The new deployments will see the provision of coverage for two million households across three separate regions of the country.
The Greek internet sector is among the least well-developed in Western Europe, and although uptake has begun to increase, this announcement will provide a major fillip.
Fibre-optic networks will provide higher-speed connections than the DSL infrastructure which currently dominates the Greek market. However, other European countries have experienced problems over network sharing, and such issues could yet emerge in Greece.
The Greek government has announced plans for a seven-year programme to build a national fibre-optic network, offering connections to around two million households across the country. The project will cost around 2.1 billion euro (US$3.04 billion), to be developed through a public-private partnership, and will be eligible for funding from the European Investment Bank. Specifically, three separate tenders will be held, allowing private companies to construct, maintain and operate dark fibre networks in three separate regions of the country. The international tenders will be held in the second half of 2009, with the contracts lasting 30 years. The new networks will offer speeds of at least 100 Mbps, and will facilitate the provision of broadband, HD TV, video telephony and other high-bandwidth services.
* Major Boost for Relatively Weak Greek Broadband Sector: The decision provides a major boost to the country's internet sector, which has for some time been amongst the weakest in the European Union (EU). The latest European Communities Trademark Association (ECTA) scorecard reports that there were around 1.125 million broadband subscribers in the country at the end of the first quarter of 2008, with Dow Jones reporting that broadband penetration in the country is currently around 12%. By comparsion, at the end of the first half of 2007 broadband penetration was 22% in France, 21% in Germany, 24% in the United Kingdom and as high as 33% in the Netherlands. However, growth in Greece has picked up in recent years, largely due to the low initial subscriber base, and boosted by infrastructure investment from incumbent OTE, and reduced subscription prices. The current broadband penetration level of 12% compares to just 0.1% as recently as 2004. Within this context of still-low penetration but strong growth, the government's announcement of a new two-billion-euro investment is a major fillip for the sector, and will further help the country close the broadband gap on its European neighbours.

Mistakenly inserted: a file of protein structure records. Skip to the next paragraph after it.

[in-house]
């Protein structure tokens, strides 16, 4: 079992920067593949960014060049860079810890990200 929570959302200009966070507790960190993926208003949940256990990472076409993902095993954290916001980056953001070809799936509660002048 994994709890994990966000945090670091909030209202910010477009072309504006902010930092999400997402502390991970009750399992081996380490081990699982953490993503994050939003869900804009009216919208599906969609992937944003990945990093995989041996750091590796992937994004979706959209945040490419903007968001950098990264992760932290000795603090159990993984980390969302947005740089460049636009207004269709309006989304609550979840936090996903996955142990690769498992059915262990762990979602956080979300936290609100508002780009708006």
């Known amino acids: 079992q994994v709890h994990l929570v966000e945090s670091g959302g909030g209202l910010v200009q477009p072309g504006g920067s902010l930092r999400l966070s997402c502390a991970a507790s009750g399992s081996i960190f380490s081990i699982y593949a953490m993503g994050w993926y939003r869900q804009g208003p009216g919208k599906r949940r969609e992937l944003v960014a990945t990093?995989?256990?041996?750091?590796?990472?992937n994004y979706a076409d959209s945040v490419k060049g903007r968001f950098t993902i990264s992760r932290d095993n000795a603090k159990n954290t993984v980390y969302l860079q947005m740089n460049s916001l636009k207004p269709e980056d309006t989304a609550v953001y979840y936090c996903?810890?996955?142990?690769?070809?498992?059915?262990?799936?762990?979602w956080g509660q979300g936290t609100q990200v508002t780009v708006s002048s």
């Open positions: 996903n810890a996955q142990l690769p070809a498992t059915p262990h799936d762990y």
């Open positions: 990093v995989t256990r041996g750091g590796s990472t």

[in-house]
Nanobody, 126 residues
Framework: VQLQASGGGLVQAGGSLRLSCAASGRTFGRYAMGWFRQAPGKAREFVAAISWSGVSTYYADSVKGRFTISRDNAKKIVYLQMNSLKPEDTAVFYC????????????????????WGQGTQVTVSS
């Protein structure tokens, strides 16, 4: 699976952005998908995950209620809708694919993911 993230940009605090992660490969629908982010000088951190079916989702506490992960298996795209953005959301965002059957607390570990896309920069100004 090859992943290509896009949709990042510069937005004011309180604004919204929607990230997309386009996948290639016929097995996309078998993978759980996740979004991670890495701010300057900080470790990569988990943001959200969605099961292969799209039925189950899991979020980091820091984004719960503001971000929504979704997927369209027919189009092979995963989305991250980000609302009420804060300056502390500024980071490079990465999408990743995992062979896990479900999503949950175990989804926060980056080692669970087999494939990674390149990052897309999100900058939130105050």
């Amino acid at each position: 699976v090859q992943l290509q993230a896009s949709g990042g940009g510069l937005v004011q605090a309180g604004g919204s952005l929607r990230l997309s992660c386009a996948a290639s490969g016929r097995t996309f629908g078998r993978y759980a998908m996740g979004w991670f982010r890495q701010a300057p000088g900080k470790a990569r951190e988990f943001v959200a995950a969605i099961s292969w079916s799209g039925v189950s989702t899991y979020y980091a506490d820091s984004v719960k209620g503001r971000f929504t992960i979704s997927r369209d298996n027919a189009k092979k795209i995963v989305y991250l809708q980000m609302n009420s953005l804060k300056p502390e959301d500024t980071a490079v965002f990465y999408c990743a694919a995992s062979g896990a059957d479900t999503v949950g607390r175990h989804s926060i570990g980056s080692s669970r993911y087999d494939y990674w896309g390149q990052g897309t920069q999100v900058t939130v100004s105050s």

* Greece Joining European Trend For Fibre-Optic Deployment: The roll-out of fibre-optic networks follows a growing trend in Europe for the higher-speed connections facilitated by this technology, a trend which could eventually bring an end to the dominance of DSL, which accounted for over 50% of the majority of Western European broadband markets at the end of the first half of 2007. DSL has until now been the dominant technology within Greece country, accounting for 99.5% of the broadband market at the end of the first quarter of 2008. Indeed, Communications Minister Costis Hadzidakis has emphasised that the choice of fibre-optic technology as the route for investment was based upon an explicit decision to adopt "future technologies that are already available … rather than adopt the intermediate technologies of today". However, elsewhere across Europe the zeal for fibre-optic roll-outs has led to a number of disputes between incumbents and alternative operators over network access and sharing of resources. With three separate tenders to be held for the award of deployment rights across three separate regions, it appears that the Greek government has a plan in place to avoid problems such as the multiple networks, although it remains to be seen how the critical issue of network sharing and access is to be addressed.